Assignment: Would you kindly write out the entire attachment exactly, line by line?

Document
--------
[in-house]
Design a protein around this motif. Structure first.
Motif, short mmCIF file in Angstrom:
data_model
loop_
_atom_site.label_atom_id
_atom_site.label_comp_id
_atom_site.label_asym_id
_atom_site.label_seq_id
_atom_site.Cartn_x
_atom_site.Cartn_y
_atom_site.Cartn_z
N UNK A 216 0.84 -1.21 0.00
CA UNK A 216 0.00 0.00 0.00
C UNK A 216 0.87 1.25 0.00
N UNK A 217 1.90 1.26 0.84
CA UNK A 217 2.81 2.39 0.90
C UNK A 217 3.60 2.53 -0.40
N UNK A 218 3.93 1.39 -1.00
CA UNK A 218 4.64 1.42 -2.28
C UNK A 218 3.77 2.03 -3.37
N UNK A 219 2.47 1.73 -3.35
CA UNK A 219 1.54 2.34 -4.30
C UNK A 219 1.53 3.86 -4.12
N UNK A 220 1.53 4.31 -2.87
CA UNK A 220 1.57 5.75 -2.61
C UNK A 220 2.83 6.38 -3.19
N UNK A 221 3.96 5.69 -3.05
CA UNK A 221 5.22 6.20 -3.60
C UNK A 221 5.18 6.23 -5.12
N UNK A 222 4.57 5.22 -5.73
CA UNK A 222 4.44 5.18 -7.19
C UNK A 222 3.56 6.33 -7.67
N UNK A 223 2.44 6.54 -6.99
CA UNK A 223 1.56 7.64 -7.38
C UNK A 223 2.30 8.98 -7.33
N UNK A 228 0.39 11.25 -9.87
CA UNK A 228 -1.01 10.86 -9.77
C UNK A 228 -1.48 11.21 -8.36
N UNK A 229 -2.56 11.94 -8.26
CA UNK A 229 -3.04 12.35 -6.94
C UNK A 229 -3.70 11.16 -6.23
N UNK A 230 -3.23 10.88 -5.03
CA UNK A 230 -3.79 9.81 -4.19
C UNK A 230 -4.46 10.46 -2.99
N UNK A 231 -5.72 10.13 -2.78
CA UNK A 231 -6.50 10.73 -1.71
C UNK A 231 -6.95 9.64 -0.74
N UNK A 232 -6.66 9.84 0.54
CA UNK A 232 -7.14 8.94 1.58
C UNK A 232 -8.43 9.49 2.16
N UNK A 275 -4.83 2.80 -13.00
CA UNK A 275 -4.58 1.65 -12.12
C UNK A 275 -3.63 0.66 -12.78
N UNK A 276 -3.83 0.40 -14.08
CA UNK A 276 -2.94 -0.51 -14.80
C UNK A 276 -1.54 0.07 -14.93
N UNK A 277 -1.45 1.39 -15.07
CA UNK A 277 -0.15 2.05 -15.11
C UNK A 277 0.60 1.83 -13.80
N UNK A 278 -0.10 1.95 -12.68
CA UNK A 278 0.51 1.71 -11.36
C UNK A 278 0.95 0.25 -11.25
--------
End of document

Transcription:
[in-house]
Design a protein around this motif. Structure first.
Motif, short mmCIF file in Angstrom:
data_model
loop_
_atom_site.label_atom_id
_atom_site.label_comp_id
_atom_site.label_asym_id
_atom_site.label_seq_id
_atom_site.Cartn_x
_atom_site.Cartn_y
_atom_site.Cartn_z
N UNK A 216 0.84 -1.21 0.00
CA UNK A 216 0.00 0.00 0.00
C UNK A 216 0.87 1.25 0.00
N UNK A 217 1.90 1.26 0.84
CA UNK A 217 2.81 2.39 0.90
C UNK A 217 3.60 2.53 -0.40
N UNK A 218 3.93 1.39 -1.00
CA UNK A 218 4.64 1.42 -2.28
C UNK A 218 3.77 2.03 -3.37
N UNK A 219 2.47 1.73 -3.35
CA UNK A 219 1.54 2.34 -4.30
C UNK A 219 1.53 3.86 -4.12
N UNK A 220 1.53 4.31 -2.87
CA UNK A 220 1.57 5.75 -2.61
C UNK A 220 2.83 6.38 -3.19
N UNK A 221 3.96 5.69 -3.05
CA UNK A 221 5.22 6.20 -3.60
C UNK A 221 5.18 6.23 -5.12
N UNK A 222 4.57 5.22 -5.73
CA UNK A 222 4.44 5.18 -7.19
C UNK A 222 3.56 6.33 -7.67
N UNK A 223 2.44 6.54 -6.99
CA UNK A 223 1.56 7.64 -7.38
C UNK A 223 2.30 8.98 -7.33
N UNK A 228 0.39 11.25 -9.87
CA UNK A 228 -1.01 10.86 -9.77
C UNK A 228 -1.48 11.21 -8.36
N UNK A 229 -2.56 11.94 -8.26
CA UNK A 229 -3.04 12.35 -6.94
C UNK A 229 -3.70 11.16 -6.23
N UNK A 230 -3.23 10.88 -5.03
CA UNK A 230 -3.79 9.81 -4.19
C UNK A 230 -4.46 10.46 -2.99
N UNK A 231 -5.72 10.13 -2.78
CA UNK A 231 -6.50 10.73 -1.71
C UNK A 231 -6.95 9.64 -0.74
N UNK A 232 -6.66 9.84 0.54
CA UNK A 232 -7.14 8.94 1.58
C UNK A 232 -8.43 9.49 2.16
N UNK A 275 -4.83 2.80 -13.00
CA UNK A 275 -4.58 1.65 -12.12
C UNK A 275 -3.63 0.66 -12.78
N UNK A 276 -3.83 0.40 -14.08
CA UNK A 276 -2.94 -0.51 -14.80
C UNK A 276 -1.54 0.07 -14.93
N UNK A 277 -1.45 1.39 -15.07
CA UNK A 277 -0.15 2.05 -15.11
C UNK A 277 0.60 1.83 -13.80
N UNK A 278 -0.10 1.95 -12.68
CA UNK A 278 0.51 1.71 -11.36
C UNK A 278 0.95 0.25 -11.25